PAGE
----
We met a group of lads a couple of times today, between them they could not have had more than a couple of plastic bags. They obviously hadn’t read my packing list. It did get me thinking that we probably overthink the packing process. To keep us motivated through the horizontal rain we selected songs titles from A-Z and sang them in their entirety (or as much as we could), this was rejuvenating.

Fin – Fort William

As we reached Fort William (where the famous Harry Potter train leaves!) my parents met us with Buck’s fizz which was just what we needed to scrape ourselves through Fort William. Seriously, who moved the goalposts? The traditional end to The West Highland Way would have been manageable, I genuinely thought I was going to have to get a piggyback from my Dad through the high street. But we made it…

West Highland Way Finish Fort William

After a post celebratory pint we parted ways. My Dad then drove home, unintentionally, through the route I had just walked (taking me six days). Did you know that some hikers then go on to climb Ben Nevis?


  • Day by day: starting here
  • Packing list: here
  • Accommodation guide: here

 

5. West Highland Way – Kingshouse to Kinlochleven

Kingshouse to Kinlochleven WHW sign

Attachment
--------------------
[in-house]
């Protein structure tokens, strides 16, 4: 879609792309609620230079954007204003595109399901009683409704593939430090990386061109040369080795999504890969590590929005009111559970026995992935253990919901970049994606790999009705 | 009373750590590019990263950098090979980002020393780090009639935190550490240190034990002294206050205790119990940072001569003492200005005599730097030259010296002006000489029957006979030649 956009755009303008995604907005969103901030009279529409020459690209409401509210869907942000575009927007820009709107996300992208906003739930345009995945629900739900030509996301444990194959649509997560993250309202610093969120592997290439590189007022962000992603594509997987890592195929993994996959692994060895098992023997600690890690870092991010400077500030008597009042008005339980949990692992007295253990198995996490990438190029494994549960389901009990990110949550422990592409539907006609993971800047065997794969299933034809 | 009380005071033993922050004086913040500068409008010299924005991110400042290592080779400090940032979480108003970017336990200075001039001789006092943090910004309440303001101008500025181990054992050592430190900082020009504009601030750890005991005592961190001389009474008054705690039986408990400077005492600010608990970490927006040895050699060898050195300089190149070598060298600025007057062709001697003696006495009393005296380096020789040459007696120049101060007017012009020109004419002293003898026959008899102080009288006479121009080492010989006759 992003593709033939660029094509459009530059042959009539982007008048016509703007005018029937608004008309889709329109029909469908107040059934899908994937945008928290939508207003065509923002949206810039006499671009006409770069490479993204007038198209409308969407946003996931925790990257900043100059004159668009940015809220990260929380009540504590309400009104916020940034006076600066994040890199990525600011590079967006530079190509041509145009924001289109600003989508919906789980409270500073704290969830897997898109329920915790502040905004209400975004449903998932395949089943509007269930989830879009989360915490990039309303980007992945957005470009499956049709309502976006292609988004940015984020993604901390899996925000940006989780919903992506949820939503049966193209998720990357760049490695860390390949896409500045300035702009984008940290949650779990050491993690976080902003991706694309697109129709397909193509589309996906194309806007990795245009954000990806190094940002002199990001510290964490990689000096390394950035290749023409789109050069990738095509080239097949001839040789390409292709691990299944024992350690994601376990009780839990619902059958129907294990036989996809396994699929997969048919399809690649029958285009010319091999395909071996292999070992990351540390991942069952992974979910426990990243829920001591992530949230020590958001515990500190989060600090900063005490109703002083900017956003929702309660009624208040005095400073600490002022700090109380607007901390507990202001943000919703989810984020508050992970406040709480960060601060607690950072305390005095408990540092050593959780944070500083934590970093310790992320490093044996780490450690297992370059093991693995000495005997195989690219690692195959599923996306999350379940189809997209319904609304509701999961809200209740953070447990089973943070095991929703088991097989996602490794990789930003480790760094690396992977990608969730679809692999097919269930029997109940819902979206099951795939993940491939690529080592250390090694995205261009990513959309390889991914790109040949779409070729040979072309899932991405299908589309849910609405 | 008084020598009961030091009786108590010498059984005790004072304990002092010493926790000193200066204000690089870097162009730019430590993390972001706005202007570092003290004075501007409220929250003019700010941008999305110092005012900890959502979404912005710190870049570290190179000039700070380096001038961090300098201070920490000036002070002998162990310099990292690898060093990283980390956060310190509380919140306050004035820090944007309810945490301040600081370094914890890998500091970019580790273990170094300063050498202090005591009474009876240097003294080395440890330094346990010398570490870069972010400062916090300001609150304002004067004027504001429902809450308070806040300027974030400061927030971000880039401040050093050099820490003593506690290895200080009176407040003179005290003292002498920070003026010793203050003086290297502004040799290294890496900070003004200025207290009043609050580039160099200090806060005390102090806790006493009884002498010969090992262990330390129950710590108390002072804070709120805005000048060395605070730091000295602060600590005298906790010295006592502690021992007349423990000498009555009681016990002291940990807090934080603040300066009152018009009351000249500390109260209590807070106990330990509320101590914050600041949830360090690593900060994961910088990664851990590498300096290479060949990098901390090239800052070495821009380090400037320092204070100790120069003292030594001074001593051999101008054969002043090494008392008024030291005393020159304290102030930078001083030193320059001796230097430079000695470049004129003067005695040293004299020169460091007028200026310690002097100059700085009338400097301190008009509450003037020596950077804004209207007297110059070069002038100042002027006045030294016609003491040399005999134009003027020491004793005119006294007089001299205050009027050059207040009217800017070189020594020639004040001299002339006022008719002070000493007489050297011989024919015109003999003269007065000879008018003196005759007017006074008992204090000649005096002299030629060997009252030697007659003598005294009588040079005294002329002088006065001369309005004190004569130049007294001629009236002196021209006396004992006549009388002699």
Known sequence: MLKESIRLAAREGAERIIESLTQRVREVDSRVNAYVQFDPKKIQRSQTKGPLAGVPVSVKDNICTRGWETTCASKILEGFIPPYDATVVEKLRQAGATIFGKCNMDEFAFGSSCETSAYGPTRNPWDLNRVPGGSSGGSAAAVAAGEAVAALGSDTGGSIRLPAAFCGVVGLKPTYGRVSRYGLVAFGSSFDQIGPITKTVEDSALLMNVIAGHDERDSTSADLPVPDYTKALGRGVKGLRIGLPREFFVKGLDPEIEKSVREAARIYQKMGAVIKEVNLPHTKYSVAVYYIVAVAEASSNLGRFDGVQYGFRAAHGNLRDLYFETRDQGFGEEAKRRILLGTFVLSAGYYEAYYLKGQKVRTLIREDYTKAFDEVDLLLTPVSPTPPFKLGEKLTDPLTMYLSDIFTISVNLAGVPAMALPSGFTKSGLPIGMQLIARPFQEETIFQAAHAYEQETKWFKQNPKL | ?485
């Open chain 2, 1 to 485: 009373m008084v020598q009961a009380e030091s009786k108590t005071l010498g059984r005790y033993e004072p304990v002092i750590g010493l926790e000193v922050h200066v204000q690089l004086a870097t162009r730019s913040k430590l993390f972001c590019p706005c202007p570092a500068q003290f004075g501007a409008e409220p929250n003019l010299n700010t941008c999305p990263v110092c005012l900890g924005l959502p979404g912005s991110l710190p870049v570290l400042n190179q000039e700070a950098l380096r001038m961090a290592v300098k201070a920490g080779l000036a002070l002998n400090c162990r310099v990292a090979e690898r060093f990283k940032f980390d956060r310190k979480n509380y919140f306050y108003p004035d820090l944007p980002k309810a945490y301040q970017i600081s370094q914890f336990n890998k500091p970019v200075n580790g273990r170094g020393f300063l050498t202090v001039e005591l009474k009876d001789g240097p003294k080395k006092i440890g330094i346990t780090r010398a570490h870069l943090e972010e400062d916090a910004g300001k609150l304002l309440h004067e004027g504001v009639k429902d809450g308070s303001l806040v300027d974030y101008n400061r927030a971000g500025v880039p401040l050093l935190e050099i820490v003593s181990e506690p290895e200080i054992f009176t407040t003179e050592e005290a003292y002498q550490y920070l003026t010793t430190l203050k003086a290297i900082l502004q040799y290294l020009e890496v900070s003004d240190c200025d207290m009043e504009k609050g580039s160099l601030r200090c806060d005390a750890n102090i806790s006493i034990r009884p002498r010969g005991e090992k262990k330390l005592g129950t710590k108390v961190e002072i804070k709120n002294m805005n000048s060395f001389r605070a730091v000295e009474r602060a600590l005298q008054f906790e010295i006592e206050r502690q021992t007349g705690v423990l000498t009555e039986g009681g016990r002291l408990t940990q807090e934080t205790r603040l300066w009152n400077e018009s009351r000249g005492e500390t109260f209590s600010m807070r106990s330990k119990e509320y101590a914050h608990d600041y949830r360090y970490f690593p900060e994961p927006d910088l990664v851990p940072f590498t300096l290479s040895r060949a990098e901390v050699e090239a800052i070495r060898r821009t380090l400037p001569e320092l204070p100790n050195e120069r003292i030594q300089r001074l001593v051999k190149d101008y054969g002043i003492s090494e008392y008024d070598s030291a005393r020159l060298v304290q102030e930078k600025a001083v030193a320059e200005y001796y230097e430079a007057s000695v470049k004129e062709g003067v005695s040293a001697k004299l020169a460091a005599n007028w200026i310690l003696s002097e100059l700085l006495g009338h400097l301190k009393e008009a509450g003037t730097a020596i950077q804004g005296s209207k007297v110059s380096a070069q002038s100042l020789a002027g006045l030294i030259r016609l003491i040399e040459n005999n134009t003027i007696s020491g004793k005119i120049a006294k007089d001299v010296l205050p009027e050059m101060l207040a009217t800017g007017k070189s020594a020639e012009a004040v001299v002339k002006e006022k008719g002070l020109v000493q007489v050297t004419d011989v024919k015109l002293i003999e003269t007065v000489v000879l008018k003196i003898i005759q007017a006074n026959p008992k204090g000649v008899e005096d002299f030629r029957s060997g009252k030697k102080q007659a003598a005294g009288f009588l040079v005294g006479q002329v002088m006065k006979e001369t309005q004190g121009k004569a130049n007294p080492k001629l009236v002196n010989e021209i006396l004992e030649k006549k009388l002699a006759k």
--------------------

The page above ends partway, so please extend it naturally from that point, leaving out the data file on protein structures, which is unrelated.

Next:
West Highland Way Day Five Low Down

Day 5: Kingshouse to Kinlochleven: Slept in a Valley Miles: 9 (over The Devil’s Staircase) Time: 10:30 -15:30 Weather: Rainy (but wore trainers) Accommodation: Highland Getaway (£38 per person / now £55!)

The Devil’s Staircase

Day 5 of The West Highland Way started with a freak out in the drying room as I could not get either pair of walking boots over my Achilles’ heels, after much deliberation I went with the Nike trainers.

We took a taxi ride (£15 both ways) from the Glencoe Independent Hostel to The Kings House Hotel where we geared up for the penultimate day.

We started the trek from the right-hand side of The Kings House Hotel, this trail takes you up and over The Devil’s Staircase which isn’t actually as terrifying as I thought it would be.

Devils Staircase Kinlockleven West Highland Way

The hike itself was very pleasant. Lots of natural tones to stare at for most of the journey and it did rain but we kept ourselves amused naming pop stars beginning with the letters A – Z, getting us to Kinlochleven with no further injury!

West Highland Way Kinlochleven Devils Staircase

Sleeping in a Valley, Kinlochleven

As today was shorter we decided not to bother with packed lunches and dined at our destination, The Highland Gateway, Kinlochleven, after a much needed snooze in the cosy hotel room (review).

That shower was the best shower I had so far, I think that has a lot to do with the downpour for the majority of the day. What I didn’t quite realise was the fact we were sleeping in a valley!

Devils Staircase Kinlockleven Scotland West Highland Way

A quick but wet hike for day 5 (Kingshouse to Kinlochleven) and a cosy night’s sleep in a valley!


What games do you play to keep yourself going on the road?